Sunday, October 01, 2006

Promise Keepers

This last weekend I attended my first Promise Keepers event. To answer my wife Karen's usual question, yes I would go again (whenever we go somewhere new to eat, we'll ask each other if we'd go there again - you get the picture). The Spokane Arena was almost completely filled with men worshipping God, hearing His Word, and being motivated. The theme was "Unleashed: Releasing the Raw Power of your Heart." Here are some of my thoughts (in no particular order of importance):

  • The music was great! Loud, but great (maybe that's my "advanced age" kicking in!). The PK7 worship band is very, very good.
  • Most of the worship songs were God-centered. They weren't easy to remember or memorize, though (they reminded me of Integrity Hosanna songs in that respect). A few were quite complicated, in fact. It's a step in the right direction that most of the songs were not focused on me ("Here I am praising God" songs), my desires, or my needs. Having said that, music that is God-centered needs to do more than simply string together a whole bunch of references to the various attributes of God. That's good, but what does it mean that He is our Redeemer?
  • It was encouraging to see so many fathers and sons attending together.
  • Bob Reccord gave a gospel presentation that was Arminian to say the least. Several hundred men responded to it - praise God! Good lesson here: God saves people who hear the good news of Jesus Christ and respond in faith even if the message is not as "pure" or perfect as I'd like it to be (imagine that!).
  • It's hard to describe how wonderful it sounds when 9-10,000 men are singing together.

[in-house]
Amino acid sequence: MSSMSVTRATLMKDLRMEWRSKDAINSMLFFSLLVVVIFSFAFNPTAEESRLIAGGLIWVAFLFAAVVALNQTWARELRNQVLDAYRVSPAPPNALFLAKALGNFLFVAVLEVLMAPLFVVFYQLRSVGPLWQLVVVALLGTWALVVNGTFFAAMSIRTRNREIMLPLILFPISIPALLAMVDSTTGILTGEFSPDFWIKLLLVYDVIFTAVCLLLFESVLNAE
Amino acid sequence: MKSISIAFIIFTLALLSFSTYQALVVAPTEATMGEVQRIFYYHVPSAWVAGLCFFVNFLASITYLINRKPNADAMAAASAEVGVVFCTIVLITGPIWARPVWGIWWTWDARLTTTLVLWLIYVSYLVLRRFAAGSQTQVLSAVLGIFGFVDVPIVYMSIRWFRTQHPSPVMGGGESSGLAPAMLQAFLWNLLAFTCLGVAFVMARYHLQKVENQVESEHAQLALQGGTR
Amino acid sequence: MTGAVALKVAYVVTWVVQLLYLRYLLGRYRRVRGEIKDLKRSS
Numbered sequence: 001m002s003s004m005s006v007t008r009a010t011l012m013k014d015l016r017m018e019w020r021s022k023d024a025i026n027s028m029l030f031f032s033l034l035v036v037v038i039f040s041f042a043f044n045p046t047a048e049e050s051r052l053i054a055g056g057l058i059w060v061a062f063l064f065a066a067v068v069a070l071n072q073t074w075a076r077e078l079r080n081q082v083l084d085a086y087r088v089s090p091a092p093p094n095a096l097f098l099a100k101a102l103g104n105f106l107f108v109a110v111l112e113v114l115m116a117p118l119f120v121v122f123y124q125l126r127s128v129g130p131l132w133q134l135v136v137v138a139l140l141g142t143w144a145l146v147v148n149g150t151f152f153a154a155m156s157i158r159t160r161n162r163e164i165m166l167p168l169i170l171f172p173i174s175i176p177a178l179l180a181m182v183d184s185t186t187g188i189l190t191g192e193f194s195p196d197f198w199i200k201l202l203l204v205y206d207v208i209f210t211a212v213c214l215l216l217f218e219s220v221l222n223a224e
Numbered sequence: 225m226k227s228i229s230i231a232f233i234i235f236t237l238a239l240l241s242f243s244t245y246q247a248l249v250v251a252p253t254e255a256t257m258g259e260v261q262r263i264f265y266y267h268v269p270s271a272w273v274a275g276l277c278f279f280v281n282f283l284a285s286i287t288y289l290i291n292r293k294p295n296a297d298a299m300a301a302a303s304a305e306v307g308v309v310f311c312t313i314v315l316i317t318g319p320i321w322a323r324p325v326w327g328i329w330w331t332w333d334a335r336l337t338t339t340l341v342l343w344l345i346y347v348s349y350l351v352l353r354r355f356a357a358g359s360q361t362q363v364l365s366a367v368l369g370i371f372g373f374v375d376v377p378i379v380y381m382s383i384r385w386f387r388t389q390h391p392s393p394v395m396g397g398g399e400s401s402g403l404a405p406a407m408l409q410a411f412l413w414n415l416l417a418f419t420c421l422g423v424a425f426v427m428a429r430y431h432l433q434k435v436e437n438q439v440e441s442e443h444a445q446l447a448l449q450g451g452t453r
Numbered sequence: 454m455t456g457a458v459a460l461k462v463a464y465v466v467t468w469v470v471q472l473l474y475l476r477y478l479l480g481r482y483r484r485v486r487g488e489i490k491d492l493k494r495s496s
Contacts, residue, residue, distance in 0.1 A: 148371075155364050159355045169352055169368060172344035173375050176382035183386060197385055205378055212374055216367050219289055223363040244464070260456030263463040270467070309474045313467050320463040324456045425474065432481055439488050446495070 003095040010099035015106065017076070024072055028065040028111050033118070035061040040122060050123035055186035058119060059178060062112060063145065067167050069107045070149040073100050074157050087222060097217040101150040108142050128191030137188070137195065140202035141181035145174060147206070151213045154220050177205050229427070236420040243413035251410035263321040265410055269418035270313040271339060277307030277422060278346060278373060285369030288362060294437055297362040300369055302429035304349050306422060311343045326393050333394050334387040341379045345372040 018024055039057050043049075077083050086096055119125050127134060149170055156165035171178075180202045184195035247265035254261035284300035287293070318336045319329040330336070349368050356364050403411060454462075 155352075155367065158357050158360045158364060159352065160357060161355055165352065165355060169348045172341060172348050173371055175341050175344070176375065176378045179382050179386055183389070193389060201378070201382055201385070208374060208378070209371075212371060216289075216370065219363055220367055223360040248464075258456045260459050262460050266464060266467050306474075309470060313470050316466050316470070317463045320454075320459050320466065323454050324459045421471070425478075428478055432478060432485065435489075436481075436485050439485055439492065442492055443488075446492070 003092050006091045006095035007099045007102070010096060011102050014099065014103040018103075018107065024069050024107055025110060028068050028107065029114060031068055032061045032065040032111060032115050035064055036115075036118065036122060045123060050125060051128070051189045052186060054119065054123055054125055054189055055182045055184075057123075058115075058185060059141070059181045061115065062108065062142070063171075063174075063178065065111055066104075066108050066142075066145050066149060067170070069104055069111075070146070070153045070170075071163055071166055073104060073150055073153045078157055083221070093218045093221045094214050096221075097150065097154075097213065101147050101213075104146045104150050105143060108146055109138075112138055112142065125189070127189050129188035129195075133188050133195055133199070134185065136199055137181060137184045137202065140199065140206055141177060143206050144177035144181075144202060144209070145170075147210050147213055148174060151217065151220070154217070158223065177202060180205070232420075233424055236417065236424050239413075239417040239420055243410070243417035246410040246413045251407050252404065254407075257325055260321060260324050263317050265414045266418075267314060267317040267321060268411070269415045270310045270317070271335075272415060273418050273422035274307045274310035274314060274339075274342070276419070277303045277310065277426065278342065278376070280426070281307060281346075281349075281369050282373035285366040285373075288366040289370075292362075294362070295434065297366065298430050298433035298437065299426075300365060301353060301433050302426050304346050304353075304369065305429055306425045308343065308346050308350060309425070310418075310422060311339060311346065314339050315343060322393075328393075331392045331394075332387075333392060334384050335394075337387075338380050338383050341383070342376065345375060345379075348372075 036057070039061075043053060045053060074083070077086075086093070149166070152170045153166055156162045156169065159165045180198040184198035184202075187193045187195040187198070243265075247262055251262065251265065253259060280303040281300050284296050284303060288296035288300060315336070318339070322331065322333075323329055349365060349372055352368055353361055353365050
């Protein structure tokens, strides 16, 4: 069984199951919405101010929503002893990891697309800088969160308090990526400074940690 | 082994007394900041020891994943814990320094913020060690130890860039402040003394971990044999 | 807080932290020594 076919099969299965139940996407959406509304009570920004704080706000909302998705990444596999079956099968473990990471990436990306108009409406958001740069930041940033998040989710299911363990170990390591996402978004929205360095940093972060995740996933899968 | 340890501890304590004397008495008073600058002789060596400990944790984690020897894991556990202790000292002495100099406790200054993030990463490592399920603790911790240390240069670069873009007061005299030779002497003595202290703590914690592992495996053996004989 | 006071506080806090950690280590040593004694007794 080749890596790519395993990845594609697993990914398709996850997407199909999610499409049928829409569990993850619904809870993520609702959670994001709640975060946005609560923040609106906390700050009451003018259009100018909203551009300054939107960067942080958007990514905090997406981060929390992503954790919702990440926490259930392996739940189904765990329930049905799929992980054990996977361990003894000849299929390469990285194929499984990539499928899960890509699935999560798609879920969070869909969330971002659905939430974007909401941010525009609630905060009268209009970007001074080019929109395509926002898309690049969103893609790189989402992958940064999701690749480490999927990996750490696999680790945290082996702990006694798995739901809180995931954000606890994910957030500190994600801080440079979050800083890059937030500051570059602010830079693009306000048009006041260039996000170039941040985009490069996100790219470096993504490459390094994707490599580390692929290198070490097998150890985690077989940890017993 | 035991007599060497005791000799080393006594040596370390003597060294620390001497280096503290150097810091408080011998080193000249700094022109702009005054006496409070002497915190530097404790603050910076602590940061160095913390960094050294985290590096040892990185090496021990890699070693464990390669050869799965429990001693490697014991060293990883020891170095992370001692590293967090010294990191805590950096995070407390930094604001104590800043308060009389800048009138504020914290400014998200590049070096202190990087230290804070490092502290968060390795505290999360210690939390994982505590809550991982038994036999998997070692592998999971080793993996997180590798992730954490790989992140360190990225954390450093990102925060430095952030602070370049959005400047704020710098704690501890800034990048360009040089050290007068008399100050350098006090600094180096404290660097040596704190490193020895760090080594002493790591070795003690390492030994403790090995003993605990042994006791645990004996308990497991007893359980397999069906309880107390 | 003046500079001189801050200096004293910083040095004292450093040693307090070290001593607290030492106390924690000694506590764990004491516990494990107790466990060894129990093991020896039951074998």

• Don't come by yourself (which I did). You get more out of it if you're with some friends.
  • A "Nooma" video presentation about discipleship was shown (called "Dust"). It was excellent until the last 90 seconds or so, when a seriously wrong turn was taken in terms of the meaning of an episode in the life of Jesus and His disciples.
  • "God wants to do something in your life. Will you allow Him to do it?" That type of question was asked quite a few times during the conference. The false idea behind it is that we have to allow God to work in our life - He really wants to do something, but we have to give Him the go-ahead, so to speak. I realize that this kind of talk is common in the evangelical church, but it limits God's sovereignty and His power. I think if people thought about what they were saying, their language would change (and would realize that God isn't sitting around waiting to be given permission to act).
  • A Promise Keepers event is a good opportunity to be motivated in your commitment to Christ and to see that you're not the only one trying to follow Him (a problem Elijah had, too). It's as if the Lord said, "I have many people in this city," to me like he did to the apostle Paul.
  • I learned that a "mosh pit" is now called a "worship pit" (at least in a Christian context).
  • I learned what the word "aye" means (not in the sense of "all in favor say aye," but as it's heard today) - it's a conjunction of "all right."
  • There was some bad theology. Not all bad, but some. But when it was set next to the heart and the desire and the attitude of those attending, it was a very small thing. I wouldn't have been able to say that even a few years ago, but I can now. The vast majority of men attending this weekend sincerely desire to follow Jesus Christ and to love Him with all of their hearts, minds, souls, and strength; to be the man God wants them to be; to be the husband and father God wants them to be; and to reach out to a lost and dying world. To that, I say AMEN even if I don't agree with every single one of them on every single point of doctrine. We're brothers in Christ - a band of brothers who need to stand shoulder to shoulder for God and His kingdom.

I have some other thoughts, but I'll save them for another time. In short, it was a good time that I really needed.


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